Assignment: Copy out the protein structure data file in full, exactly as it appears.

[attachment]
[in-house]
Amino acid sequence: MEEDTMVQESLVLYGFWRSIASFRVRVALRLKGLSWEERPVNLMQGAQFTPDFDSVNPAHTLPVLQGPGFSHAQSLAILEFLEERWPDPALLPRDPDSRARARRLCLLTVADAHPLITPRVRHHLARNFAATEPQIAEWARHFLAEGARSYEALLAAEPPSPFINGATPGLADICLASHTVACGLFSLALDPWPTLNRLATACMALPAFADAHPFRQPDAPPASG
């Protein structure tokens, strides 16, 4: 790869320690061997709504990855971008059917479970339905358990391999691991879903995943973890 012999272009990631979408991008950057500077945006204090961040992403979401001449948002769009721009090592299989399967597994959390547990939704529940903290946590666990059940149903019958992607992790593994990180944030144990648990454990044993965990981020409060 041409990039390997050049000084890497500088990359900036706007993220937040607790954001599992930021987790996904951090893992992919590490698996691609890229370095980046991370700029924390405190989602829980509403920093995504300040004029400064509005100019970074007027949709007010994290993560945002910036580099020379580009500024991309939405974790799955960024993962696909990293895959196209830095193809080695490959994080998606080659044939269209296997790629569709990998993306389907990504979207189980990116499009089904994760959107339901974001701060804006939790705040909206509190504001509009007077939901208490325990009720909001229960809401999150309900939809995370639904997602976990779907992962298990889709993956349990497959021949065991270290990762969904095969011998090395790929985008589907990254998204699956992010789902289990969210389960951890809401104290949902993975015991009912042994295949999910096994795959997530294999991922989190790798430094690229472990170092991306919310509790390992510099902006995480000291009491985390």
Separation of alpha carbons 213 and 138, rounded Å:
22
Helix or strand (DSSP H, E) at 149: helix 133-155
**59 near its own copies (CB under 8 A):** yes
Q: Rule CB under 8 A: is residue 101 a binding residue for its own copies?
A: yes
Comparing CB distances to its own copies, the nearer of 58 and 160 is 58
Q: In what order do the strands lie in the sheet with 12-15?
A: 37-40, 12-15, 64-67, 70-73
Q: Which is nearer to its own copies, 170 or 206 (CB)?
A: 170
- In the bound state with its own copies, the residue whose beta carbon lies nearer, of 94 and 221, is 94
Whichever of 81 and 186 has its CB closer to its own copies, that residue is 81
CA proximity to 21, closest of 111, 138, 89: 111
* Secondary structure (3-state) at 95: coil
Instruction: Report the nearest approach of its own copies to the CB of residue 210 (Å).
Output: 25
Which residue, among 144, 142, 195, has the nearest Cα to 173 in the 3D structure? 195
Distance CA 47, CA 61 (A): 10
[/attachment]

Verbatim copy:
[in-house]
Amino acid sequence: MEEDTMVQESLVLYGFWRSIASFRVRVALRLKGLSWEERPVNLMQGAQFTPDFDSVNPAHTLPVLQGPGFSHAQSLAILEFLEERWPDPALLPRDPDSRARARRLCLLTVADAHPLITPRVRHHLARNFAATEPQIAEWARHFLAEGARSYEALLAAEPPSPFINGATPGLADICLASHTVACGLFSLALDPWPTLNRLATACMALPAFADAHPFRQPDAPPASG
């Protein structure tokens, strides 16, 4: 790869320690061997709504990855971008059917479970339905358990391999691991879903995943973890 012999272009990631979408991008950057500077945006204090961040992403979401001449948002769009721009090592299989399967597994959390547990939704529940903290946590666990059940149903019958992607992790593994990180944030144990648990454990044993965990981020409060 041409990039390997050049000084890497500088990359900036706007993220937040607790954001599992930021987790996904951090893992992919590490698996691609890229370095980046991370700029924390405190989602829980509403920093995504300040004029400064509005100019970074007027949709007010994290993560945002910036580099020379580009500024991309939405974790799955960024993962696909990293895959196209830095193809080695490959994080998606080659044939269209296997790629569709990998993306389907990504979207189980990116499009089904994760959107339901974001701060804006939790705040909206509190504001509009007077939901208490325990009720909001229960809401999150309900939809995370639904997602976990779907992962298990889709993956349990497959021949065991270290990762969904095969011998090395790929985008589907990254998204699956992010789902289990969210389960951890809401104290949902993975015991009912042994295949999910096994795959997530294999991922989190790798430094690229472990170092991306919310509790390992510099902006995480000291009491985390």
Separation of alpha carbons 213 and 138, rounded Å:
22
Helix or strand (DSSP H, E) at 149: helix 133-155
**59 near its own copies (CB under 8 A):** yes
Q: Rule CB under 8 A: is residue 101 a binding residue for its own copies?
A: yes
Comparing CB distances to its own copies, the nearer of 58 and 160 is 58
Q: In what order do the strands lie in the sheet with 12-15?
A: 37-40, 12-15, 64-67, 70-73
Q: Which is nearer to its own copies, 170 or 206 (CB)?
A: 170
- In the bound state with its own copies, the residue whose beta carbon lies nearer, of 94 and 221, is 94
Whichever of 81 and 186 has its CB closer to its own copies, that residue is 81
CA proximity to 21, closest of 111, 138, 89: 111
* Secondary structure (3-state) at 95: coil
Instruction: Report the nearest approach of its own copies to the CB of residue 210 (Å).
Output: 25
Which residue, among 144, 142, 195, has the nearest Cα to 173 in the 3D structure? 195
Distance CA 47, CA 61 (A): 10